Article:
Mac address secure mac address maximum max secure

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mac-address Secure mac address maximum Max secure addresses violation Security violation mode <cr> Switch1(config-if)#sw port-security mac-address sticky
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Cisco CCENT Cram Guide v3.0 © Paul Browning 2017 The port must be statically set to either trunk or access, you can’t apply switch security to a dynamic port. If you add the sticky command to the configuration the switch will store the learned mac addresses in the running configuration. Violation Action is the action the switch will take should a violation take place. By default, it’s set to shutdown. Mode Port Action Traffic Syslog Violation Counter Protect Protected Unknown MACs discarded No No Shutdown Errdisabled Disabled Yes and SNMP trap Incremented Restrict Open # of excess MAC traffic denied Yes and SNMP trap Incremented A series of events can cause Cisco switches to put their ports into a special disabled mode called err- disabled. This basically means that a particular port has been disabled (shut down) due to an error. Fix by bouncing the interface ( shutdown and then no shutdown ). VTP Password: Restrict VLANS Passing on Ports: Hex Numbering You know that decimal numbers consist of 10 digits ranging from 0 to 9. Binary consists of two digits ranging from 0 to 1. Hex numbering ranges from 0 to F and has 16 digits. These addresses are also referred to as base 10, base 2, and base 16, respectively. You can see that each numbering system starts with a zero, so: Decimal 0123456789 Binary 01 Hex 0123456789ABCDEF 27 Switch1(config-if)#switchport trunk allowed vlan 7-12 Switch1(config)#vtp password cisco Switch1(config-if)#switchport port-security violation ? protect Security violation protect mode restrict Security violation restrict mode (sends SNMP trap) shutdown Security violation shutdown mode (sends SNMP trap)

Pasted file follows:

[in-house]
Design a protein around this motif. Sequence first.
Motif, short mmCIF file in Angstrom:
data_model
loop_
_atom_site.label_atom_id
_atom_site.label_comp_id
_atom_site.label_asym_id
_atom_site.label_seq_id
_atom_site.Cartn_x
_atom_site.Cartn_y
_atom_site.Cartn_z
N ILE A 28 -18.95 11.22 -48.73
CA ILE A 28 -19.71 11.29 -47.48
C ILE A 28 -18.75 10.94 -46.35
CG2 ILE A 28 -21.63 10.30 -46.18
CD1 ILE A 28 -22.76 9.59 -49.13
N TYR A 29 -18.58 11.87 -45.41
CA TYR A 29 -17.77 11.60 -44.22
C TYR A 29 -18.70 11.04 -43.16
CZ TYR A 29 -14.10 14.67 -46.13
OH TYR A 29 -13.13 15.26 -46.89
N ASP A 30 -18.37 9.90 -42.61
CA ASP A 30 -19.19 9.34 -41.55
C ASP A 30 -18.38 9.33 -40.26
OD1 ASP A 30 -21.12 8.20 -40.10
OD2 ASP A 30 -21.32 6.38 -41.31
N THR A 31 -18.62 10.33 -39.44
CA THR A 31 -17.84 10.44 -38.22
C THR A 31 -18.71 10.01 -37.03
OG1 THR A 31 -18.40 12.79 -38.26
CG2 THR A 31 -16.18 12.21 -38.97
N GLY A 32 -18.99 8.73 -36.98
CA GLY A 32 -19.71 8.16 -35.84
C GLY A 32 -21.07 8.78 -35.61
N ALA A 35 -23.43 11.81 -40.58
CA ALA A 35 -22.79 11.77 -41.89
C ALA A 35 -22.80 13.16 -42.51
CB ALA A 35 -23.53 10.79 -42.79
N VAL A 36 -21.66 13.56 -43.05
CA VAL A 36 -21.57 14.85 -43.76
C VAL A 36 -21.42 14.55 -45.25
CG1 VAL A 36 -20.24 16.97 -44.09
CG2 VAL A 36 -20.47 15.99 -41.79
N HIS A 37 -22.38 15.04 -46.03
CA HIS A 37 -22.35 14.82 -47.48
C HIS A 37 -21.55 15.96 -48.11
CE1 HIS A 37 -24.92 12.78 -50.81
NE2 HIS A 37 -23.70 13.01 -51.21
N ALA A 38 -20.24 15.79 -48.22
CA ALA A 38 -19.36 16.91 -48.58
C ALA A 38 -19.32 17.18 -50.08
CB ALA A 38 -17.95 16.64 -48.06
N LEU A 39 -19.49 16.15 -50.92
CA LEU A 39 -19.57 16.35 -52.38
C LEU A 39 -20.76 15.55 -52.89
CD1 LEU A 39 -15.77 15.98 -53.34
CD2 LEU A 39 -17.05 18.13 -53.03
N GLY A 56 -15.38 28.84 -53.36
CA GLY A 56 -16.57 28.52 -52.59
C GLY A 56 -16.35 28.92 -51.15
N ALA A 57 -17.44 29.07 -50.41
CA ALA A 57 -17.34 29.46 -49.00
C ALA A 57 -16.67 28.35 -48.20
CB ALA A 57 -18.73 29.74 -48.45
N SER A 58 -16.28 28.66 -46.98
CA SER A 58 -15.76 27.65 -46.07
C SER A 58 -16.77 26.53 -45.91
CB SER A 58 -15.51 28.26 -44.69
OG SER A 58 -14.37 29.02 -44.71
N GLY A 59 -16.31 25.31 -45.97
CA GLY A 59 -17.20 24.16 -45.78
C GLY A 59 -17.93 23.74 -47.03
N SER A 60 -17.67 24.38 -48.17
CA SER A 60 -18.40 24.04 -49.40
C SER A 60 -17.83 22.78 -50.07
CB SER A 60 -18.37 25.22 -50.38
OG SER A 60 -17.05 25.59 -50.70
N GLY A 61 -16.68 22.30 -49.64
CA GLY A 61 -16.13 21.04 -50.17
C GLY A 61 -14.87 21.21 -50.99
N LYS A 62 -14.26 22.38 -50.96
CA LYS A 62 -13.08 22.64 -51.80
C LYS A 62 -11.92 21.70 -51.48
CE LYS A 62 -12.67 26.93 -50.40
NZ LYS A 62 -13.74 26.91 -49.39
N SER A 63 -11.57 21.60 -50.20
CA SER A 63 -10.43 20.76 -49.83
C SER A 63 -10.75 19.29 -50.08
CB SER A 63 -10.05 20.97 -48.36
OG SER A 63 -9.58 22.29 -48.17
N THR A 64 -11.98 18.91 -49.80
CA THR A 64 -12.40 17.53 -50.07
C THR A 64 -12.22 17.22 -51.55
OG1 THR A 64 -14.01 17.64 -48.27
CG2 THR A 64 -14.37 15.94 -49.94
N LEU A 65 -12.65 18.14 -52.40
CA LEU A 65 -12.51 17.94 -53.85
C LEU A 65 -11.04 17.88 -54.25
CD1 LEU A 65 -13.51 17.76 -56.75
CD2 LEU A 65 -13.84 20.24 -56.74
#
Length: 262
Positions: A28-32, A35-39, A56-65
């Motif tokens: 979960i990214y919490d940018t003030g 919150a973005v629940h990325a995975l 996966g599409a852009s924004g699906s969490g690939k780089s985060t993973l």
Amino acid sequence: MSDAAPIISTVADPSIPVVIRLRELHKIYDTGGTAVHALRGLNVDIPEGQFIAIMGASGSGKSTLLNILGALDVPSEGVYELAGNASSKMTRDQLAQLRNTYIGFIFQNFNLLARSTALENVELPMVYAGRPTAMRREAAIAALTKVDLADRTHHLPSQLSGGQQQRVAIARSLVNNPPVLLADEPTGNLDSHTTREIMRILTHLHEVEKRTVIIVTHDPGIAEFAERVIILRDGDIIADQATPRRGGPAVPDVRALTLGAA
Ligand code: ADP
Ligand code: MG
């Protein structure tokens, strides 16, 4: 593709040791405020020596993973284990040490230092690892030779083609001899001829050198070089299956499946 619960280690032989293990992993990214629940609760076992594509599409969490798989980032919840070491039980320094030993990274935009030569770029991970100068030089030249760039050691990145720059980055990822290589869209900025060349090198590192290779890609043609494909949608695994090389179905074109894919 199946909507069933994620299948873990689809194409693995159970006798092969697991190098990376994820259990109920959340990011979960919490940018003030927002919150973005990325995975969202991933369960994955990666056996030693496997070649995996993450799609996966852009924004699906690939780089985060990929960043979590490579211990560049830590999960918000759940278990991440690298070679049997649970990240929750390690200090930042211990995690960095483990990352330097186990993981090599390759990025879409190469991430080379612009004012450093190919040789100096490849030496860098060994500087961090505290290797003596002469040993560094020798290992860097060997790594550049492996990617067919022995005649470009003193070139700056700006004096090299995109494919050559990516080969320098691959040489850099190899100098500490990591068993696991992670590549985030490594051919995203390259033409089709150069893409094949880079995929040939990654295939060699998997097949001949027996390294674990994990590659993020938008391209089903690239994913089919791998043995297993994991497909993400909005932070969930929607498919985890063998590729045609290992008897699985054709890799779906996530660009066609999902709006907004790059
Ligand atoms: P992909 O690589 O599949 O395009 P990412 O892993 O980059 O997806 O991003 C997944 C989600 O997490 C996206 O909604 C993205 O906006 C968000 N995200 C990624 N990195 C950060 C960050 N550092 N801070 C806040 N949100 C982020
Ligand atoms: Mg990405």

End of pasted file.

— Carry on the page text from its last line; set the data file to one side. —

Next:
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Cisco CCENT Cram Guide v3.0 © Paul Browning 2017 When you write these addresses, you may not realize it but you are using columns from right to left; the rightmost is the one column and the next column is the base number times the preceding column, so: Numbering Base N to 3 rd power N to 2 nd power N to 1 st power N 10 Decimal 1000 100 10 1 2 Binary 8 4 2 1 16 Hex 4096 256 16 1 You can see that each successive column from the right increases in value. For decimal numbering, it is 10 multiplied by 1. For binary, it is 1 and then 1 multiplied by the numbering system of 2. If you compare the three numbering systems up to the last hex digit, you can begin to see why hex is the preferred format for IPv6 addressing. Decimal Binary Hex 0 0000 0 1 0001 1 2 0010 2 3 0011 3 4 0100 4 5 0101 5 6 0110 6 7 0111 7 8 1000 8 9 1001 9 10 1010 A 11 1011 B 12 1100 C 13 1101 D 14 1110 E 15 1111 F IPv6 In order to provide enough addresses for our needs many years into the future, IPv6 has been designed to provide many trillions of available addresses. In order to do this, the numbering range has been expanded from 32 binary bits to 128 bits. Every 4 bits can be represented as one hex digit (as can be seen from the chart above). Logic then dictates that two hex digits will give us 8 bits, which is a single byte, or octet.
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